Review of A Danger to Herself and Others
A Danger to Herself and Others by Alyssa B. Sheinmel
Trigger warnings: self-harm, eating disorders, psychosis.
Overall 3/5 stars. This book was okay. Not bad, but not great. In terms of being mental health fiction, there’s a lot that this book tries to do (and does) well, but also areas where it falls short.
What it gets right: There is an emphasis on de-stigmatizing mental health (comparing it to a broken bone, emphasizing that it doesn’t mean she’s a bad person, etc). The first-person narration helps us feel the confusion and the inability to discern reality from illusion. Additionally, the author tries to promote the idea that people with mental illness are more likely to hurt themselves than others. Having a protagonist with psychosis is not common (most mental health books tackle anxiety and depression) and this helps psychosis feel less nebulous.
What I wish was different: The description of eating disorders, as an ED researcher, made me cringe. “Bulimia” is not the same as purging/vomiting and “anorexia” is not the same as restricting. You can have bulimia and restrict what you eat (very common) and/or anorexia and vomit (purge subtype)– the main difference is body weight, not the ways you keep your weight down.
Additionally, there are plot holes. Hannah’s very toxic relationship with her parents is not addressed. Especially with the doctor knowing this, she would not have let Hannah leave without family therapy and/or at least addressing it in individual therapy. I would have liked for there to be more tension/higher stakes overall– or something that made me want to keep reading more than I did. The inpatient care representation wasn’t accurate in ways that were frustrating– I’ve never heard of an inpatient center that uses books or bathing as “rewards”, nor any that prohibit outside books. This is especially true since lack of self care is a hallmark symptom of schizophrenia, and not something treatment facilities would promote. There was no group therapy (most inpatient centers have this) or any kind of other therapeutic activities like exercise or yoga.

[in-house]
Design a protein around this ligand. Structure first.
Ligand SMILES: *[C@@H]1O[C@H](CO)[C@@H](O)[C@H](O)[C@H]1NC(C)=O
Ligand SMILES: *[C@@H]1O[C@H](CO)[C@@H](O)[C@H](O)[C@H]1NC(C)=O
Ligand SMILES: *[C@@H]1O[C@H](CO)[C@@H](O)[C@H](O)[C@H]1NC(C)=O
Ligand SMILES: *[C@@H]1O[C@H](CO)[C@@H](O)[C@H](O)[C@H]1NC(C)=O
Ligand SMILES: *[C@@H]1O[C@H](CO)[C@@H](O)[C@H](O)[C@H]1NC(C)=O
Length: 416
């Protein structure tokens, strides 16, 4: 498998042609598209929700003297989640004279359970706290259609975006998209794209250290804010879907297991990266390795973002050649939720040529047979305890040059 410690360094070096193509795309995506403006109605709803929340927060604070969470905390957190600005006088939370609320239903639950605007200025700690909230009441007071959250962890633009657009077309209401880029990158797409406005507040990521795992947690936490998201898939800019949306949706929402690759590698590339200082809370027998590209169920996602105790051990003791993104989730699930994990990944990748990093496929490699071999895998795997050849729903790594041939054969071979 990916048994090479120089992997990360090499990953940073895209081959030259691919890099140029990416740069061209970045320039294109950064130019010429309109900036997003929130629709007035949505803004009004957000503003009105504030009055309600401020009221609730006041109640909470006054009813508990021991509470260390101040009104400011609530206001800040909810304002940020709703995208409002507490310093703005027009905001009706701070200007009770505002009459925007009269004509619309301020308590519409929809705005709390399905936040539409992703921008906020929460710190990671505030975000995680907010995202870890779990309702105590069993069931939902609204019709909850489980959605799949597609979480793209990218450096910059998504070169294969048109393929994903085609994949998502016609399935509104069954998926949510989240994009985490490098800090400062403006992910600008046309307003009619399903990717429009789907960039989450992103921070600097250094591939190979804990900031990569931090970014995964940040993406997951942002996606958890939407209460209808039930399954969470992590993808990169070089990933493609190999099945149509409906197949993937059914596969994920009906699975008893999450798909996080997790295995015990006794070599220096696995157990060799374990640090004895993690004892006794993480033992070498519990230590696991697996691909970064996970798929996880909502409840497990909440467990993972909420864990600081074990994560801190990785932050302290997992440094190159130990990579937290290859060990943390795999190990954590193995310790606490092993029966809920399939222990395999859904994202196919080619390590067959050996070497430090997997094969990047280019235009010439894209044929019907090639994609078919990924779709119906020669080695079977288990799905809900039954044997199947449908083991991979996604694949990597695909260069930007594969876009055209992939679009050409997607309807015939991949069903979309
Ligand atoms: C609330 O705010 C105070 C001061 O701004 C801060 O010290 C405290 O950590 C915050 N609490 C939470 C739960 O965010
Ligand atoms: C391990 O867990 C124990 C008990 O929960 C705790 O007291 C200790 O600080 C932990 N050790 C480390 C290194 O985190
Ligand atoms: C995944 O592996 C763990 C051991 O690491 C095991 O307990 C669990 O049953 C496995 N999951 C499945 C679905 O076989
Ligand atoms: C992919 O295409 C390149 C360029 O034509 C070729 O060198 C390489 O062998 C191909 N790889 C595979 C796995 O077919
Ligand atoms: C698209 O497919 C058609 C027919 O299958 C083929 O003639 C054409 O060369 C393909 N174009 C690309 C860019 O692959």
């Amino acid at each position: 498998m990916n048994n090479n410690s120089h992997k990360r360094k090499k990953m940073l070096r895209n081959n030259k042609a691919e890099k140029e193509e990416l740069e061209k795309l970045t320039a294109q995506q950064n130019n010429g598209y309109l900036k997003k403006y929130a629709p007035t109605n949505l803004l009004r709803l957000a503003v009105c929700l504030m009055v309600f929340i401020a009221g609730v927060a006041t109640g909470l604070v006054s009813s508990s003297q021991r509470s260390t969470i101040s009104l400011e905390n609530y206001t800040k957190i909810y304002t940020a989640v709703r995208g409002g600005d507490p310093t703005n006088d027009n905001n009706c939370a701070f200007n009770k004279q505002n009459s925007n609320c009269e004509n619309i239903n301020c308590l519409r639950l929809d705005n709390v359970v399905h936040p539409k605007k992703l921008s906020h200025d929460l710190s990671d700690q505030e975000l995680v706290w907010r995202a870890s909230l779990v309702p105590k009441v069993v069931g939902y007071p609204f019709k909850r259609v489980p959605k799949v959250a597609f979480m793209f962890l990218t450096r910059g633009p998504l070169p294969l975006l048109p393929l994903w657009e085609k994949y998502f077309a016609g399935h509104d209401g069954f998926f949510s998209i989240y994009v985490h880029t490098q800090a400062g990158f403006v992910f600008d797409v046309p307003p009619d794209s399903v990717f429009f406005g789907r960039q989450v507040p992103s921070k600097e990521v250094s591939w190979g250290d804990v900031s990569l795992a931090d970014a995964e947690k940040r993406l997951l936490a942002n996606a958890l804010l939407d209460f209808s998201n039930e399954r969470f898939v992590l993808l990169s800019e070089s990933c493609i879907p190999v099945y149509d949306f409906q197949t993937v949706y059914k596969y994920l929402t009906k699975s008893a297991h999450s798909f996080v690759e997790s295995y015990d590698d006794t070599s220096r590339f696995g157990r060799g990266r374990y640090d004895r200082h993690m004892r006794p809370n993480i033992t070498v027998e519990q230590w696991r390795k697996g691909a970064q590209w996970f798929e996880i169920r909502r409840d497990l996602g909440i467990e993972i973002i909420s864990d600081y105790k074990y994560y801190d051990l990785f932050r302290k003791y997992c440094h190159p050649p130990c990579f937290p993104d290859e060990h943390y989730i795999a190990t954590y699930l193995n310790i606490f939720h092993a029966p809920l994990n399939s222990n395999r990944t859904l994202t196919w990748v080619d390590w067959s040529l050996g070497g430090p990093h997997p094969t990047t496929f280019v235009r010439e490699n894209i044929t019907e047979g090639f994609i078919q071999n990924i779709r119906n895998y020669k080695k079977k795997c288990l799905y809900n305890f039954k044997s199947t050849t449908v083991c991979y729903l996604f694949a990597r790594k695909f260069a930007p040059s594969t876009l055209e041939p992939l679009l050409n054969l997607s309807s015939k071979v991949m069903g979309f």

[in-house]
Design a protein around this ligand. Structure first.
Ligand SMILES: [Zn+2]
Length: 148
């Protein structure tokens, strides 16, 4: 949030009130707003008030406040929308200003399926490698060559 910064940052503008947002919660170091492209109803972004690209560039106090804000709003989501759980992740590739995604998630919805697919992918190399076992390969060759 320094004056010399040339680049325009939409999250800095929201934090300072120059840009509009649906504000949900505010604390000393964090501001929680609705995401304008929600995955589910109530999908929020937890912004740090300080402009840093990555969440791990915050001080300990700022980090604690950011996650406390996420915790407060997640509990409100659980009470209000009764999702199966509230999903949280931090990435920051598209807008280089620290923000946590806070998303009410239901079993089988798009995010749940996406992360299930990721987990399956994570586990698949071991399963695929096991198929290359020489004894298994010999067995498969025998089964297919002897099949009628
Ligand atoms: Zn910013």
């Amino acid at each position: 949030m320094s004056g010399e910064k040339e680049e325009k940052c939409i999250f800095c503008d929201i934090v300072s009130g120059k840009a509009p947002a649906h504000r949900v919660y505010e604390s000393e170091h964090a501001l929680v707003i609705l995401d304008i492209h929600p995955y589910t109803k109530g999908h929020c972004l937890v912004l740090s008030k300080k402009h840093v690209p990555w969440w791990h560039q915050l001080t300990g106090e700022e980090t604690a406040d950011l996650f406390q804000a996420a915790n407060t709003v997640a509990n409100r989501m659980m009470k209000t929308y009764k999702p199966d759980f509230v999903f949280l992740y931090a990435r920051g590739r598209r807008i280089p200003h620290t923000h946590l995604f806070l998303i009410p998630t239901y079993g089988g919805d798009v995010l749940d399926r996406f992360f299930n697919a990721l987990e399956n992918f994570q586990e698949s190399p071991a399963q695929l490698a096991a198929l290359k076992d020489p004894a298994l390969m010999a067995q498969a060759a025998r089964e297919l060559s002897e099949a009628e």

I’m not sure I liked Hannah. In terms of making a compelling, not-likable protagonist, I think the author does a good job. However, in portraying psychosis, this further perpetuates the idea that those with mental illness aren’t likable (not the author’s intent, I’m fairly sure, but it comes across that way). Similarly, while Hannah says she’s more likely to hurt herself than others, this doesn’t feel genuine in her actions (the number of times she has hurt friends, potentially in deadly ways, vs Hannah’s one outbreak where she hurts her arm).
Overall, I think this book means well, and tackles really important themes. The unreliable narrator is well-executed. However, in terms of the mental health aspect, there are unrealistic, and sometimes untrue, aspects that take away from the story.